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Inside the World Machine

Inside the World Machine

A montage of themes of the World Machine.

The World Machine, the centre piece of Lumiere 2015, is a celebration of cosmology: mankind’s search to understand the origin of the Universe. Here, we take a look inside the World Machine and explain a little more about the science and history behind the spectacle.

 The Big Bang

As if within Durham Cathedral, a collision at CERN’s Large Hadron Collider creates a Higgs Boson that decays in a shower of new particles.

The Universe begins. The 20th century saw a remarkable leap forward in human understanding of the natural world, most famously captured in Einstein’s equation “E=mc2”. Matter and energy are one and the same at the start of the Universe. Equipped with new mathematics, mankind can now contemplate the creation of the Universe: an incredibly rare occurrence in an infinite sea of possibilities. As the Universe chances into existence, it expands rapidly and the energy of the Universe separates into matter and light. A firework display of new forms of matter comes into existence, with each explosion a new form of matter comes into existence. This phase of the Big Bang finishes with a last flash of light. We see this echo today as a faint microwave glow, but as the Universe continues to expand, it seems destined to fade away to nothing.

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Medieval Cosmology

A Medieval image of God creating the world through geometry and mathematics

Astronomy (the study of the stars) and Cosmology (the study of the Universe) are not new sciences. Ancient Babylonian astronomers charted the motions of the planets; in antiquity, Greek philosophers, such as Plato and Aristotle, explained their motion and contemplated their nature. But many of these ideas were subsequently lost from the western world, to be rediscovered only in the 12th and 13th centuries, along with medieval Islamic and Jewish engagement with ancient thought. Robert Grosseteste (c. 1170-1253) was one of the most important figures in this rediscovery. Exploring ancient cosmology, but within a Christian framework, he uncovered a new idea. It is intriguing to imagine that he might have lectured on his discovery when he visited Durham. If the solidity of matter was the result of the interaction of matter and light, he could explain the creation of the Universe. It was the result of Physics. It would start with light and matter compressed into a tiny point: a medieval form of the Big Bang.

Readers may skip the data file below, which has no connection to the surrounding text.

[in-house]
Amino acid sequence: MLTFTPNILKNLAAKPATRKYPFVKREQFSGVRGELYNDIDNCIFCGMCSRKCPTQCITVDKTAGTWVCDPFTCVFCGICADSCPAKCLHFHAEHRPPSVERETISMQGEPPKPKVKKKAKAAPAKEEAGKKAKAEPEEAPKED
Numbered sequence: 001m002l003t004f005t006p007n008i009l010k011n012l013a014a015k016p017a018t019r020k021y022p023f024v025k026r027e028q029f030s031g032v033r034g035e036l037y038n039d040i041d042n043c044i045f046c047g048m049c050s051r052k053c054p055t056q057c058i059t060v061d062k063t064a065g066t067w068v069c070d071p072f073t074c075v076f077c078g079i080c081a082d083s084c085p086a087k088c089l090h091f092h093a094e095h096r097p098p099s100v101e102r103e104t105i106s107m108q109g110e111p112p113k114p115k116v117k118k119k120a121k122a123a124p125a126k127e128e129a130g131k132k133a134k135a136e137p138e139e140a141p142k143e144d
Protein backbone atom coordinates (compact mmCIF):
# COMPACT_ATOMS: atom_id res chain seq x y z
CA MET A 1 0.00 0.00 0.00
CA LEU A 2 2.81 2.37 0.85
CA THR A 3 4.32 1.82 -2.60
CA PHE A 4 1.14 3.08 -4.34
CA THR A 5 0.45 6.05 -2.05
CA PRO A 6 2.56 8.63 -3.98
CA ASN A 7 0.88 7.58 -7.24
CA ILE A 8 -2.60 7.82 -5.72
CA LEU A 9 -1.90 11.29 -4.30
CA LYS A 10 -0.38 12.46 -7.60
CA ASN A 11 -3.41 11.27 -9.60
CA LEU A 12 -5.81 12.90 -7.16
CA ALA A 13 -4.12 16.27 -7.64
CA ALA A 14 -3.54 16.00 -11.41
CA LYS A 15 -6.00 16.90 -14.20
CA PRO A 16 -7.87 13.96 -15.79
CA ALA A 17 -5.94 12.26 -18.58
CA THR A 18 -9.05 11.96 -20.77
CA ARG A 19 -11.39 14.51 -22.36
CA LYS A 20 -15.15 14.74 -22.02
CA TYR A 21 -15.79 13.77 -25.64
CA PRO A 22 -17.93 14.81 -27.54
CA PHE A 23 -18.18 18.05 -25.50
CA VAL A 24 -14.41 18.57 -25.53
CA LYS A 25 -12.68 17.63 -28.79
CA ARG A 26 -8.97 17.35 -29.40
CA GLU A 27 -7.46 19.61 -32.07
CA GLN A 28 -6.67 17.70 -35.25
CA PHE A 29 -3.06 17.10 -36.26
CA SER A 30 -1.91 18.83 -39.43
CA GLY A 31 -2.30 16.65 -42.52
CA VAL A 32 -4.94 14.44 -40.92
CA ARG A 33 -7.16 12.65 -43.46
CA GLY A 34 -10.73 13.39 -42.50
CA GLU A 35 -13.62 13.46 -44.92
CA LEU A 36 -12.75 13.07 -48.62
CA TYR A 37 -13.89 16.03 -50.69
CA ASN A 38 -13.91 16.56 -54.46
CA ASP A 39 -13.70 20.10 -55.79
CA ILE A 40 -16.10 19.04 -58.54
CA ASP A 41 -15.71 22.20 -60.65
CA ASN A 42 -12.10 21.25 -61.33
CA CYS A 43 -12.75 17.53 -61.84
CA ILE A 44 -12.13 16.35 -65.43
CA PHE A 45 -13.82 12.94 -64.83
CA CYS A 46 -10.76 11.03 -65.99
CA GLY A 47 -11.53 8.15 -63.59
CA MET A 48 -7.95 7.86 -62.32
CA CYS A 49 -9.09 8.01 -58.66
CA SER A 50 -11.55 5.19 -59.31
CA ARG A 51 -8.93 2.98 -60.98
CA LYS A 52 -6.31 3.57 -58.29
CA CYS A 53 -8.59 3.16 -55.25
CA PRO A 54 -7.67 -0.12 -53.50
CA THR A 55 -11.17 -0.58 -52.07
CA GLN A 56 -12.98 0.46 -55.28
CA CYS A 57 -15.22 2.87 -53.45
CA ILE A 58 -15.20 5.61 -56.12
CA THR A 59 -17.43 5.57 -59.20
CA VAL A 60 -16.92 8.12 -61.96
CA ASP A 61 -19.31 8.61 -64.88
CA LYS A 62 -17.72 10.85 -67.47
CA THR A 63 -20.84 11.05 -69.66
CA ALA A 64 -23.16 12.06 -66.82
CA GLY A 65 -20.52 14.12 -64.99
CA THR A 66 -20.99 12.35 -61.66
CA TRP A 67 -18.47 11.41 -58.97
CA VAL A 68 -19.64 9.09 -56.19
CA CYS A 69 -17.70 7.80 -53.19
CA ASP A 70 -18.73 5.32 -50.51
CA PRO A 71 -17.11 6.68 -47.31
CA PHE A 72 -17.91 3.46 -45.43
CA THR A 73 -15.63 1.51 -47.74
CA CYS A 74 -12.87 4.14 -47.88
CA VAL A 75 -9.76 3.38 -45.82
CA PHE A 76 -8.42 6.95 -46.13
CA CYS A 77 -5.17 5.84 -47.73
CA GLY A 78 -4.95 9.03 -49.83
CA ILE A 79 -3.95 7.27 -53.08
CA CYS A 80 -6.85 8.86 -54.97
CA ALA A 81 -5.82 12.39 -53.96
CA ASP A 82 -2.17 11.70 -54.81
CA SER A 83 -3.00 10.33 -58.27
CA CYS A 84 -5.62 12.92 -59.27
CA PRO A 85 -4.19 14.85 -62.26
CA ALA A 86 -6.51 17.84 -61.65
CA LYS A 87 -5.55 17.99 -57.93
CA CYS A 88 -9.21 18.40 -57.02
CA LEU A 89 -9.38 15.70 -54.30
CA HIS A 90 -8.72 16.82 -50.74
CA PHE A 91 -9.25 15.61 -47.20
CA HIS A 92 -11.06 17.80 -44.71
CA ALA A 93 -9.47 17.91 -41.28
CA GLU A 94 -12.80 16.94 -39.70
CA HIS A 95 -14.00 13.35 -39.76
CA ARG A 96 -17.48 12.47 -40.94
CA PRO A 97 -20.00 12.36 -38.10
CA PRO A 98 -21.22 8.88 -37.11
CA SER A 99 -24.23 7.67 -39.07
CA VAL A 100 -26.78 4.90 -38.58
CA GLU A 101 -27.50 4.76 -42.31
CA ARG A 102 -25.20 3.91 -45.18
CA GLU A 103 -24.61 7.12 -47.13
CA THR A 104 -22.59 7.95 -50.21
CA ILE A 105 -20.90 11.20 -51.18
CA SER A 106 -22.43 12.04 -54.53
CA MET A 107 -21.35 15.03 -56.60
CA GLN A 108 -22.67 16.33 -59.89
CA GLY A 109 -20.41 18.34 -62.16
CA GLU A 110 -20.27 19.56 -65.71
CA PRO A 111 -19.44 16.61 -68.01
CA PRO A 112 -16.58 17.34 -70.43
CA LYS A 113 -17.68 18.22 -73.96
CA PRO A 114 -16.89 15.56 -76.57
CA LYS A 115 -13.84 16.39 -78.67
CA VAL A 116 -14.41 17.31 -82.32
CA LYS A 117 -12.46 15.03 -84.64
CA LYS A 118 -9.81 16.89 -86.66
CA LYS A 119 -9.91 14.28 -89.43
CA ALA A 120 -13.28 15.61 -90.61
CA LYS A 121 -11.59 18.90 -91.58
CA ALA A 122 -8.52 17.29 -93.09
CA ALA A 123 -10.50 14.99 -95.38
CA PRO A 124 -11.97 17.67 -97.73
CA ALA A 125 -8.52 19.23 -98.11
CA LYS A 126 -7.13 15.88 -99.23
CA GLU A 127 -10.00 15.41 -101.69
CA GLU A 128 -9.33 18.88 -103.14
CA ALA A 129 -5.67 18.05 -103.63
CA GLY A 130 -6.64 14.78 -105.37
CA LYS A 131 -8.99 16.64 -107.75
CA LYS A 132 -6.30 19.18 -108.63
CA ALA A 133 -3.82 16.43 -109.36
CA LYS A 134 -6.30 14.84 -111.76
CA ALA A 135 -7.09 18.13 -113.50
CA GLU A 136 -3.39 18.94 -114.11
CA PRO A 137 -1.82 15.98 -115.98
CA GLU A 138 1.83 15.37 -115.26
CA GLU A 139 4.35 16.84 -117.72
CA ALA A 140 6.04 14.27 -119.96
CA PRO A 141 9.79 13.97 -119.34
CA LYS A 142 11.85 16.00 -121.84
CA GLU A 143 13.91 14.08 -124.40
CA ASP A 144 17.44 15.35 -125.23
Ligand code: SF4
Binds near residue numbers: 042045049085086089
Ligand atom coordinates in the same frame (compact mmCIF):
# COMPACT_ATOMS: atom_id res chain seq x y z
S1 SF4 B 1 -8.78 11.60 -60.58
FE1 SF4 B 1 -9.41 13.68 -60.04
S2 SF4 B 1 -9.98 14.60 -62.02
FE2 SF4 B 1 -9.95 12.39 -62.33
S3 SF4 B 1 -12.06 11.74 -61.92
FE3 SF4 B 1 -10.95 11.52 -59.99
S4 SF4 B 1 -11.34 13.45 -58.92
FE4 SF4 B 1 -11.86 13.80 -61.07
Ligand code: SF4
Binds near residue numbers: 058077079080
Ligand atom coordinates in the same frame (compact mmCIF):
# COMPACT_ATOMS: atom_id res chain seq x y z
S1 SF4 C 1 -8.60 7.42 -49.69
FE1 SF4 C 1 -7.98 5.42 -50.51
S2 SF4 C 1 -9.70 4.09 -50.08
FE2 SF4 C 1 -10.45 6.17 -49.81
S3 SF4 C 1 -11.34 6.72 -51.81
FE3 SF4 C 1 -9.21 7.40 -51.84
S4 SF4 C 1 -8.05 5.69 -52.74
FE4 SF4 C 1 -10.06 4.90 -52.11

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Robert Grosseteste’s Ordered Universe

An illustration of the ordered cosmos